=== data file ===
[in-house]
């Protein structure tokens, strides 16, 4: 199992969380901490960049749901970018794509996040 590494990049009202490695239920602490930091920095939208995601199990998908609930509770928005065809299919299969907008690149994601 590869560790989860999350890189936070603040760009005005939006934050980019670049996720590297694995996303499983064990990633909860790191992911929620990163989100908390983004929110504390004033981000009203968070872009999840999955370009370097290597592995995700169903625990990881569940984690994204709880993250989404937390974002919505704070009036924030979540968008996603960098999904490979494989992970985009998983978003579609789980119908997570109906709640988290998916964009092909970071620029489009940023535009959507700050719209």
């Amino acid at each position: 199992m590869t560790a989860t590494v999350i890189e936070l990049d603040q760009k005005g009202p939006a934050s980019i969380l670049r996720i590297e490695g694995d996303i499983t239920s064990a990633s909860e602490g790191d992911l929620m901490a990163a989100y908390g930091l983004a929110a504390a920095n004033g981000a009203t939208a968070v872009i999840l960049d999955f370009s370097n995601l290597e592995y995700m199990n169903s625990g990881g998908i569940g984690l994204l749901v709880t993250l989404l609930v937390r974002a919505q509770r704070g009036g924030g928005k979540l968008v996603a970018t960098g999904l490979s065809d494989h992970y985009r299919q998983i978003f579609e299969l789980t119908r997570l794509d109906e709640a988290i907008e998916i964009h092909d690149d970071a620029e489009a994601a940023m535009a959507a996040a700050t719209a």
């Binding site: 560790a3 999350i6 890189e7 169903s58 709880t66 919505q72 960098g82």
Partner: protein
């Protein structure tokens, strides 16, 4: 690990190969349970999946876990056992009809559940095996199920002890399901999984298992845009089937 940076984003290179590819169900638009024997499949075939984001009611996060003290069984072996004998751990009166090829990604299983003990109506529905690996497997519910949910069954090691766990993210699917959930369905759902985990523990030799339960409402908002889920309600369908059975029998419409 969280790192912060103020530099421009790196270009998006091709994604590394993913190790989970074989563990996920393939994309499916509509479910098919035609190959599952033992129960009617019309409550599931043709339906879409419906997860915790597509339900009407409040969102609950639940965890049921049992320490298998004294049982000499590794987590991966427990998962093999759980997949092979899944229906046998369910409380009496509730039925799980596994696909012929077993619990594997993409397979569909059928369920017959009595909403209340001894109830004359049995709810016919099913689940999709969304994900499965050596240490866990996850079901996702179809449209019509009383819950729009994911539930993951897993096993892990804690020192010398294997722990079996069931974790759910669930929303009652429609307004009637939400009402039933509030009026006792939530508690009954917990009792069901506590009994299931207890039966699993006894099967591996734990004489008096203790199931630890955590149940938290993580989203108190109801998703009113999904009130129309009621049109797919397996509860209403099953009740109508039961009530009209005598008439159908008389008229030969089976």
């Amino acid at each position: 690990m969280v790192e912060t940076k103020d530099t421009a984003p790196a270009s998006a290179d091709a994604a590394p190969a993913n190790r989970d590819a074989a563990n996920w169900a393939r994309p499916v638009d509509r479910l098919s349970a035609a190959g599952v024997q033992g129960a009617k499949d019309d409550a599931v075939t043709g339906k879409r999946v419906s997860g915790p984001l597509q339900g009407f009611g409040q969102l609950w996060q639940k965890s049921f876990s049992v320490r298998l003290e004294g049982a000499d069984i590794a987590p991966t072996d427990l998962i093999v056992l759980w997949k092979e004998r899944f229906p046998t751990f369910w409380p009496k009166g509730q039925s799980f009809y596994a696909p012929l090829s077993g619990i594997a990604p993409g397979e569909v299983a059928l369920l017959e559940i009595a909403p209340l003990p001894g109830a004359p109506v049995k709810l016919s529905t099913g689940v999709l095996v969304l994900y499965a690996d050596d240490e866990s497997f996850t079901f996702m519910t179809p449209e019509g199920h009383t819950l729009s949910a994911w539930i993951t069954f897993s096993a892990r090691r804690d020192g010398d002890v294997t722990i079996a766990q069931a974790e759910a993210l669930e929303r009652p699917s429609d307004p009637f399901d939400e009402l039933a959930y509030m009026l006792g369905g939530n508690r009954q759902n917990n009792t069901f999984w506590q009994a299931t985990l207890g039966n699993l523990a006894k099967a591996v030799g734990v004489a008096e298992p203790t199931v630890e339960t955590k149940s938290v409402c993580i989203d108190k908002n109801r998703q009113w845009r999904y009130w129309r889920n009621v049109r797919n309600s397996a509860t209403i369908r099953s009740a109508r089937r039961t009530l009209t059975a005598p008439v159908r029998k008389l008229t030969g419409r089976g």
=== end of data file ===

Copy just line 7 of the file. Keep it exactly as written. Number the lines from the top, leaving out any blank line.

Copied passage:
């Amino acid at each position: 690990m969280v790192e912060t940076k103020d530099t421009a984003p790196a270009s998006a290179d091709a994604a590394p190969a993913n190790r989970d590819a074989a563990n996920w169900a393939r994309p499916v638009d509509r479910l098919s349970a035609a190959g599952v024997q033992g129960a009617k499949d019309d409550a599931v075939t043709g339906k879409r999946v419906s997860g915790p984001l597509q339900g009407f009611g409040q969102l609950w996060q639940k965890s049921f876990s049992v320490r298998l003290e004294g049982a000499d069984i590794a987590p991966t072996d427990l998962i093999v056992l759980w997949k092979e004998r899944f229906p046998t751990f369910w409380p009496k009166g509730q039925s799980f009809y596994a696909p012929l090829s077993g619990i594997a990604p993409g397979e569909v299983a059928l369920l017959e559940i009595a909403p209340l003990p001894g109830a004359p109506v049995k709810l016919s529905t099913g689940v999709l095996v969304l994900y499965a690996d050596d240490e866990s497997f996850t079901f996702m519910t179809p449209e019509g199920h009383t819950l729009s949910a994911w539930i993951t069954f897993s096993a892990r090691r804690d020192g010398d002890v294997t722990i079996a766990q069931a974790e759910a993210l669930e929303r009652p699917s429609d307004p009637f399901d939400e009402l039933a959930y509030m009026l006792g369905g939530n508690r009954q759902n917990n009792t069901f999984w506590q009994a299931t985990l207890g039966n699993l523990a006894k099967a591996v030799g734990v004489a008096e298992p203790t199931v630890e339960t955590k149940s938290v409402c993580i989203d108190k908002n109801r998703q009113w845009r999904y009130w129309r889920n009621v049109r797919n309600s397996a509860t209403i369908r099953s009740a109508r089937r039961t009530l009209t059975a005598p008439v159908r029998k008389l008229t030969g419409r089976g």